WINDHOEK – Despite the National Policy on Human Wildlife Conflict Management stipulating it is not government’s plan to compensate farmers for losses caused by wild animals, government agreed to assist with funeral expenses and related costs valued at N$100 000, for human deaths stemming from such conflicts.
It is stated that this financial support to bereaved families is aimed at covering basic funeral costs and is not in any way intended as compensation for loss of life.
Compensation schemes implemented elsewhere has proved to be very problematic and open to abuse. This is according to the new revised National Policy on Human Wildlife Conflict Management, which was launched by Minister of Environment and Tourism Pohamba Shifeta on Monday.
Therefore, the policy says there is a need to find other means to offset the losses caused by wildlife and at the same time build the self-reliance of farmers.
It stipulates that although the government cannot be held legally responsible for the death of a person killed by a wild animal, there are moral obligations on the government to support the family of such a person.
The government through the Ministry of Environment and Tourism has therefore decided to adopt the policy of providing funeral expenses for such a family.
The revised policy revealed other approved amounts for payment through the Human Wildlife Conflict Self Reliance Scheme such as those injured with no loss of body part are to receive N$10 000.
Further, a sum of N$30 000 will be given to victims injured with loss of body part, while those left with disability due to wildlife conflict will receive N$50 000.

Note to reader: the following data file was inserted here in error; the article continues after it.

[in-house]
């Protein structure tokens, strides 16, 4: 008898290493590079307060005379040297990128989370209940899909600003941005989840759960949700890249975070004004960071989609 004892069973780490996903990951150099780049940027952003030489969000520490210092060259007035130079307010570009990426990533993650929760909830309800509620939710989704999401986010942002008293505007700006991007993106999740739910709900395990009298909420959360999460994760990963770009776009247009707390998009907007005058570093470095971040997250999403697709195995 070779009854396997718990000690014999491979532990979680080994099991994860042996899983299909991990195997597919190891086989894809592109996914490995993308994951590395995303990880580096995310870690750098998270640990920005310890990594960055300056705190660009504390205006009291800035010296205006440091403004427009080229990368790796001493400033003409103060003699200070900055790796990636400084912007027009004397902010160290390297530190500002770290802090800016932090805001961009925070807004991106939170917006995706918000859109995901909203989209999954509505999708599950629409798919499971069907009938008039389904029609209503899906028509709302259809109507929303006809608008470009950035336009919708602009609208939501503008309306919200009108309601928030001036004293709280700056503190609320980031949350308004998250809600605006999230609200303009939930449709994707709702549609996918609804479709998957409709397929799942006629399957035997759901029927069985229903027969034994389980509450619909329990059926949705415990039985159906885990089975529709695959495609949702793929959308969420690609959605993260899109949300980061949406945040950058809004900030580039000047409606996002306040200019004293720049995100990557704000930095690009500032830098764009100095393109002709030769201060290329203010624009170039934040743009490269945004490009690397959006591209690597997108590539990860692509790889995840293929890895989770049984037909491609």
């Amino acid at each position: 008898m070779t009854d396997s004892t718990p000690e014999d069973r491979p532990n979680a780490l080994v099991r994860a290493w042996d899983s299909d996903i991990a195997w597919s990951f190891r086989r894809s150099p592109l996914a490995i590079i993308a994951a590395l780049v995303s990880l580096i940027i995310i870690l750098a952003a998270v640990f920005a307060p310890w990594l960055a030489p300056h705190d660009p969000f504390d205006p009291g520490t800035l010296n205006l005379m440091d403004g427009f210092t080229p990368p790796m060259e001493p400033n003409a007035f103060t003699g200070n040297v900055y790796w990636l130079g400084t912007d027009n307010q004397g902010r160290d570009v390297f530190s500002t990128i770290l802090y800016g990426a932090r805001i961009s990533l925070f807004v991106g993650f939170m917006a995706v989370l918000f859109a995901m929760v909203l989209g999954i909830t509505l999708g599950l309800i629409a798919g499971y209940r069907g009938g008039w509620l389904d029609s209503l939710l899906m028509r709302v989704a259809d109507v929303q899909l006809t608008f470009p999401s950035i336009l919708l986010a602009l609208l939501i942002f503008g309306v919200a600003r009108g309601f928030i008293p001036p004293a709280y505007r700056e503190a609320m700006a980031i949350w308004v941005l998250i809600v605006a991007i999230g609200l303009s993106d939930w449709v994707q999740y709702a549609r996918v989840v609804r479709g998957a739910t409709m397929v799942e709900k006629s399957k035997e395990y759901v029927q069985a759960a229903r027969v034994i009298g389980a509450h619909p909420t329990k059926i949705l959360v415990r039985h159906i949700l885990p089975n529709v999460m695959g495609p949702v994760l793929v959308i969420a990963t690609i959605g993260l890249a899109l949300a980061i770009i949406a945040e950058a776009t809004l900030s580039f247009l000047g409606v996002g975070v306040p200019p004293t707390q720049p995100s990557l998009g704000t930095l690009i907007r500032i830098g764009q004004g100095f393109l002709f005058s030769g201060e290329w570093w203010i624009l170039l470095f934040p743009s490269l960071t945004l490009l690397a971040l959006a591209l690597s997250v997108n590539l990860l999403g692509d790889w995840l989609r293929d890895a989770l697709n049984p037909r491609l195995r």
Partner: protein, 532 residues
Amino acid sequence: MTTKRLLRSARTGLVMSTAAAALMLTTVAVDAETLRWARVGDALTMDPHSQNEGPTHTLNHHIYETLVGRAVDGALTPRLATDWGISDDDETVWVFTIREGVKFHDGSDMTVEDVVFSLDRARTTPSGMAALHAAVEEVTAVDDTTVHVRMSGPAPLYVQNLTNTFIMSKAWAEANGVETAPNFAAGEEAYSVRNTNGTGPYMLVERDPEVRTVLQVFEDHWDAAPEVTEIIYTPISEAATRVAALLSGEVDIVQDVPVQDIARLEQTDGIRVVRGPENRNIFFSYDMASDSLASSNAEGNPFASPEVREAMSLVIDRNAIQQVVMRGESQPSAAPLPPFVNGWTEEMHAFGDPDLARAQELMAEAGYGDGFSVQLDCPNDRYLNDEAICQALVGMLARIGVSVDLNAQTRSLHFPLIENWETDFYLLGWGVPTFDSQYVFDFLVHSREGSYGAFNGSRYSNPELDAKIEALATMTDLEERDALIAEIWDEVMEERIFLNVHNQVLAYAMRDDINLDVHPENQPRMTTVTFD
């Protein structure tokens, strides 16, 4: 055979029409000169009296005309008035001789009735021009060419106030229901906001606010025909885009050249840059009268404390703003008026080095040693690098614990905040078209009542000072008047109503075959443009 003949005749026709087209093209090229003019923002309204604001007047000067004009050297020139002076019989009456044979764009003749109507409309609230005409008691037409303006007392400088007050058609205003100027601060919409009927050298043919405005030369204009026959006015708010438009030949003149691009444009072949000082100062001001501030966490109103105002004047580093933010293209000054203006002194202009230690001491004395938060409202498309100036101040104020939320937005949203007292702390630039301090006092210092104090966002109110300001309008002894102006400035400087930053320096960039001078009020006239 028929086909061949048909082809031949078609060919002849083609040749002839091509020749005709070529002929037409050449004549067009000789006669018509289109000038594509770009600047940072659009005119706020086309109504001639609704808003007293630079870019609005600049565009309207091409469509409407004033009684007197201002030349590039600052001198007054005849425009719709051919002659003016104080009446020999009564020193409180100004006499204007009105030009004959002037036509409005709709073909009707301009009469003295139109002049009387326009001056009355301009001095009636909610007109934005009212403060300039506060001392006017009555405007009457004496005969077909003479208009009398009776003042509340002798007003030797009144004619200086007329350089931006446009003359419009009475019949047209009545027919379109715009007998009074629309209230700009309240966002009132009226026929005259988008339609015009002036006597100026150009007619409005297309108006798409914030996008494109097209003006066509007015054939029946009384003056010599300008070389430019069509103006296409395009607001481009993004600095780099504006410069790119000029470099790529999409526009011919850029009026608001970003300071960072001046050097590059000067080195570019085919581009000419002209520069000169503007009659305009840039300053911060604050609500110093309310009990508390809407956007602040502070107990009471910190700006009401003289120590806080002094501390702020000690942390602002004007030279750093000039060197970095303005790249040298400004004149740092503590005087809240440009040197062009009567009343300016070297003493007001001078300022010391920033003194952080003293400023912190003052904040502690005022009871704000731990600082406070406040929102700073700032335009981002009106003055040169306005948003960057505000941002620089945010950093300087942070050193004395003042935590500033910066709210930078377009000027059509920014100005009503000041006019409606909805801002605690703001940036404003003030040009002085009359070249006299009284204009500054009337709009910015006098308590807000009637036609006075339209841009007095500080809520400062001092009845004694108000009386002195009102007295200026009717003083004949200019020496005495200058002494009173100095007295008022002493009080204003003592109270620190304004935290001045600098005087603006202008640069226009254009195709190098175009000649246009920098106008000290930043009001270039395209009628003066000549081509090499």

In terms of this policy, livestock include cattle, goats, sheep, donkey, horse and sheep.
The government will folk out N$3 000 per cattle (cow or bull), N$500 for a goat, N$700 for a sheep, N$800 per horse, N$500 for the loss of a donkey while a killed pig will cost N$700. Payments under the Human Wildlife Conflict Self Reliance Scheme are made to cover livestock losses at rates, which do not cover the full value of the animal concerned, but aim to partially offset the loss to the farmer. A payment at a determined rate would also be made to cover for damages caused to crops as well for human death and injuries to people.
The Human Wildlife Conflict Self Reliance Scheme shall apply to both conservancy and non-conservancy areas on State Land and Resettlement farms, but not on private land.
This policy will apply to incidents of livestock death caused by wild animals, provided that no payments will be made for livestock killed in a National Park or Conservancy exclusive wildlife zone. Payment will be made in a multiple use area of a zoned National Park. Another condition is that livestock death must be reported within one day of the incident occurring unless a valid reason of not doing so as stipulated is provided and the evidence thereof is still visible.
Further, the cause of death must be verified by a ministry staff member or a community game guard where such structure exists.
The policy indicates no payment will be made if the livestock was killed without reasonable precautions being put in place.
Payments to crops will be made to damages caused only by elephants, buffaloes and hippopotamus. Damages by other animals are difficult to verify and can be misused.
Such damages by other animals can also be controlled by farmers. Crops will include maize, millet, sorghum and vegetables.
Human wildlife conflicts in Namibia have become more frequent and severe over recent decades as a result of human population growth, wildlife population growth, unplanned agricultural activities, and expansion of agricultural and industrial activities which together have led to increased human encroachment on previously wild and uninhabited areas.